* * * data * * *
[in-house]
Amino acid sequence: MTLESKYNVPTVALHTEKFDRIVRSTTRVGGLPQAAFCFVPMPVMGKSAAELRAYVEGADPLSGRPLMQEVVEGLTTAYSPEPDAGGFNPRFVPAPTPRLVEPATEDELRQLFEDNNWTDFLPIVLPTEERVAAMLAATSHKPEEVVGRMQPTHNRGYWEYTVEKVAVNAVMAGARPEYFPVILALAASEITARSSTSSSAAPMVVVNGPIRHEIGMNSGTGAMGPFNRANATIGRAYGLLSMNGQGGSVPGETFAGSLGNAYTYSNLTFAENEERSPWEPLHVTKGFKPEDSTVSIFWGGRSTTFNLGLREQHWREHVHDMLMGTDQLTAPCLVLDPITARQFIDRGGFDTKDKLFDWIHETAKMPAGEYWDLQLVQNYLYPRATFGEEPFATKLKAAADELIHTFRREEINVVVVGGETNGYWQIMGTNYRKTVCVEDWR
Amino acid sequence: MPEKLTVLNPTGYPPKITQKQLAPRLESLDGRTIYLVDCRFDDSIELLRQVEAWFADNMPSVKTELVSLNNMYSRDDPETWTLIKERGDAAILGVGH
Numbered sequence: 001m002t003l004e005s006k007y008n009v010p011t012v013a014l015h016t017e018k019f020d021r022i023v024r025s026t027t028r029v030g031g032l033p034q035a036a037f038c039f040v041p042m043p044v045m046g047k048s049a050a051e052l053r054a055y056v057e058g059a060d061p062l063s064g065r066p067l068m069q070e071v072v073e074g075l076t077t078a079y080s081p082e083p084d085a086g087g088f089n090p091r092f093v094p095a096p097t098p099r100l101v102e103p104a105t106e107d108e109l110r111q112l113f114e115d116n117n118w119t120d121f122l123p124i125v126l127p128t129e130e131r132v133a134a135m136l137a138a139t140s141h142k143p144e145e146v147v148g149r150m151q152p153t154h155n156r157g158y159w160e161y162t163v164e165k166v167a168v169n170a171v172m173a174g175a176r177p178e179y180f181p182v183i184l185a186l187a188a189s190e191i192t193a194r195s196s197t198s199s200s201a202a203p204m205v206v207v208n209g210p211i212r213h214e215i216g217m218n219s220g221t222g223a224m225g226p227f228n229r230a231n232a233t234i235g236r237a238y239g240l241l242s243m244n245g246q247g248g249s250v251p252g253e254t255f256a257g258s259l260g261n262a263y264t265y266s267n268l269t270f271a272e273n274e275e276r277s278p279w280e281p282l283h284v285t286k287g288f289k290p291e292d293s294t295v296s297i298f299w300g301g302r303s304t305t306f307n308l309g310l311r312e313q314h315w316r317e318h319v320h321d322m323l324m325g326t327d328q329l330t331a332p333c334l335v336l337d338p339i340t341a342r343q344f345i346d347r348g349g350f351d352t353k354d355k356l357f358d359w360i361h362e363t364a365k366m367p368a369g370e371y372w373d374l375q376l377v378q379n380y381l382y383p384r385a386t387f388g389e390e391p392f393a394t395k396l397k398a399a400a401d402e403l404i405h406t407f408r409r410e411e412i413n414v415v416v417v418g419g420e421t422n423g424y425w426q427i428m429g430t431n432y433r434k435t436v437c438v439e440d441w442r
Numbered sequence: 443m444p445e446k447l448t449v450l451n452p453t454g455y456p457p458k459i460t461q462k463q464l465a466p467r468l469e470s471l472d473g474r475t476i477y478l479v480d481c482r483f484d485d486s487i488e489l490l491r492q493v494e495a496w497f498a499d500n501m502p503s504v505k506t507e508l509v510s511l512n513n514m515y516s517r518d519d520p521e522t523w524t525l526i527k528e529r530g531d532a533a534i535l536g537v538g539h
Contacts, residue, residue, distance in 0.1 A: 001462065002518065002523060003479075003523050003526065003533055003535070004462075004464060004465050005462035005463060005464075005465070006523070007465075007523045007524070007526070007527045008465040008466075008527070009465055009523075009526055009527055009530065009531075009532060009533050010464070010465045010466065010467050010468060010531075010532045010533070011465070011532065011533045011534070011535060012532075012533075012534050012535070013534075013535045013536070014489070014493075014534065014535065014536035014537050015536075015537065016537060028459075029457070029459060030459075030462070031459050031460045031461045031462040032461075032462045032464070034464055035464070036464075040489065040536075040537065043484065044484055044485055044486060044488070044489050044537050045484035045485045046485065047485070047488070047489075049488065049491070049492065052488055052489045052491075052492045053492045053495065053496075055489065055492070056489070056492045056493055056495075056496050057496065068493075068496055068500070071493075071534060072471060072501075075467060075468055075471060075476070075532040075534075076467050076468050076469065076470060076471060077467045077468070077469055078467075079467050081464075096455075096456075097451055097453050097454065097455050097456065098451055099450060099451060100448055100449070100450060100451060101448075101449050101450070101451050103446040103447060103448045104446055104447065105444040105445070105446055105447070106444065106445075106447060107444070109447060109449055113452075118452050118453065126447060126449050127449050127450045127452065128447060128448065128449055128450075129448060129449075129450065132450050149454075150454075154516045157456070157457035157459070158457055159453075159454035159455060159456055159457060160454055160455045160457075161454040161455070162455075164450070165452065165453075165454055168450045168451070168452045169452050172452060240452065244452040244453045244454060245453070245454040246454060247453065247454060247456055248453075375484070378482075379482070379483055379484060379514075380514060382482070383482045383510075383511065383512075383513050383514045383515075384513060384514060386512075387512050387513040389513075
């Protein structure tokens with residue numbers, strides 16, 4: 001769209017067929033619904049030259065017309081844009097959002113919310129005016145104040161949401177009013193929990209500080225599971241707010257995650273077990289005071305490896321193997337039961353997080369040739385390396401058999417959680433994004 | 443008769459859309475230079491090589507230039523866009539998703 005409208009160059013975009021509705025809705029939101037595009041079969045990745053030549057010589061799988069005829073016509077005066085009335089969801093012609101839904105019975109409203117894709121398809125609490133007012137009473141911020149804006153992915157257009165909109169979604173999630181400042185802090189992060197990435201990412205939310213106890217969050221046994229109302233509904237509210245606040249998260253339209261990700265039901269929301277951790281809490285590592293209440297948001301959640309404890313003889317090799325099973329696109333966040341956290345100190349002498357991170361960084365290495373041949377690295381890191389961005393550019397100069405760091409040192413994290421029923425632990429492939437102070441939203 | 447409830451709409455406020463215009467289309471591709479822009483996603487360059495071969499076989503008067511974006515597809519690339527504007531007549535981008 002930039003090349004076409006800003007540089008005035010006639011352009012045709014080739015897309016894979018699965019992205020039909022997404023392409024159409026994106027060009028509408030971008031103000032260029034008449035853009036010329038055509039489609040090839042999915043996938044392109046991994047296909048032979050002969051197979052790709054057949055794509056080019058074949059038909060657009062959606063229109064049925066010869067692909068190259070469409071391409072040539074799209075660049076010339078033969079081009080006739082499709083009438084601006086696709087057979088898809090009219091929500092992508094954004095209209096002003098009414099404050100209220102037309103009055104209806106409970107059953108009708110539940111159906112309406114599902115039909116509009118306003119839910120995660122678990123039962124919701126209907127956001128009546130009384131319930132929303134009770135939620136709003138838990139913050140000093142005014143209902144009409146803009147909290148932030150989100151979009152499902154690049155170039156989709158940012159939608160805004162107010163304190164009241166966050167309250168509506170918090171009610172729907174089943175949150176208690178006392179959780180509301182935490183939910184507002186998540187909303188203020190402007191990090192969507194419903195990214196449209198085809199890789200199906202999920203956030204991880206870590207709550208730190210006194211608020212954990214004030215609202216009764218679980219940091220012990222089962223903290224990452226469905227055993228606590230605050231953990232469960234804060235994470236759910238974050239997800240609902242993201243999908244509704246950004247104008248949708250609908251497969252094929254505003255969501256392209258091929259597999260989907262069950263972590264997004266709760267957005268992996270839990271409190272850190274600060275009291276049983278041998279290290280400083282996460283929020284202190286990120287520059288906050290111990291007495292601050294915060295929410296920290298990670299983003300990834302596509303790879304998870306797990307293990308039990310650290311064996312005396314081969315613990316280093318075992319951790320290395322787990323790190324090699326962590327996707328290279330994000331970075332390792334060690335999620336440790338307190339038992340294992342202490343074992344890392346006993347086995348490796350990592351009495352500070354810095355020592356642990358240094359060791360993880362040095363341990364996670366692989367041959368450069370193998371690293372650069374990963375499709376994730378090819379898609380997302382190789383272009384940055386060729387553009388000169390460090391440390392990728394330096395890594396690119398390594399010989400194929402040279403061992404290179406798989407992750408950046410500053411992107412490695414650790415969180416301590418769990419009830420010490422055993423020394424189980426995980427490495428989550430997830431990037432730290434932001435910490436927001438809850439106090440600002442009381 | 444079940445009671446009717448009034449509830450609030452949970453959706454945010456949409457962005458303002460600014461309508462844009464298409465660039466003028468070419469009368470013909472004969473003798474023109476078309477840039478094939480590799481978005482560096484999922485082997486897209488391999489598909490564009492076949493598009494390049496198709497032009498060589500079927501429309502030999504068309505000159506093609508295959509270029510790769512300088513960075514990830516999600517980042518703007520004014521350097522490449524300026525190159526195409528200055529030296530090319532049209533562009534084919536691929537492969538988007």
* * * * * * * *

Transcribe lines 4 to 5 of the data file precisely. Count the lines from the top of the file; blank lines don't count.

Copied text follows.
Numbered sequence: 001m002t003l004e005s006k007y008n009v010p011t012v013a014l015h016t017e018k019f020d021r022i023v024r025s026t027t028r029v030g031g032l033p034q035a036a037f038c039f040v041p042m043p044v045m046g047k048s049a050a051e052l053r054a055y056v057e058g059a060d061p062l063s064g065r066p067l068m069q070e071v072v073e074g075l076t077t078a079y080s081p082e083p084d085a086g087g088f089n090p091r092f093v094p095a096p097t098p099r100l101v102e103p104a105t106e107d108e109l110r111q112l113f114e115d116n117n118w119t120d121f122l123p124i125v126l127p128t129e130e131r132v133a134a135m136l137a138a139t140s141h142k143p144e145e146v147v148g149r150m151q152p153t154h155n156r157g158y159w160e161y162t163v164e165k166v167a168v169n170a171v172m173a174g175a176r177p178e179y180f181p182v183i184l185a186l187a188a189s190e191i192t193a194r195s196s197t198s199s200s201a202a203p204m205v206v207v208n209g210p211i212r213h214e215i216g217m218n219s220g221t222g223a224m225g226p227f228n229r230a231n232a233t234i235g236r237a238y239g240l241l242s243m244n245g246q247g248g249s250v251p252g253e254t255f256a257g258s259l260g261n262a263y264t265y266s267n268l269t270f271a272e273n274e275e276r277s278p279w280e281p282l283h284v285t286k287g288f289k290p291e292d293s294t295v296s297i298f299w300g301g302r303s304t305t306f307n308l309g310l311r312e313q314h315w316r317e318h319v320h321d322m323l324m325g326t327d328q329l330t331a332p333c334l335v336l337d338p339i340t341a342r343q344f345i346d347r348g349g350f351d352t353k354d355k356l357f358d359w360i361h362e363t364a365k366m367p368a369g370e371y372w373d374l375q376l377v378q379n380y381l382y383p384r385a386t387f388g389e390e391p392f393a394t395k396l397k398a399a400a401d402e403l404i405h406t407f408r409r410e411e412i413n414v415v416v417v418g419g420e421t422n423g424y425w426q427i428m429g430t431n432y433r434k435t436v437c438v439e440d441w442r
Numbered sequence: 443m444p445e446k447l448t449v450l451n452p453t454g455y456p457p458k459i460t461q462k463q464l465a466p467r468l469e470s471l472d473g474r475t476i477y478l479v480d481c482r483f484d485d486s487i488e489l490l491r492q493v494e495a496w497f498a499d500n501m502p503s504v505k506t507e508l509v510s511l512n513n514m515y516s517r518d519d520p521e522t523w524t525l526i527k528e529r530g531d532a533a534i535l536g537v538g539h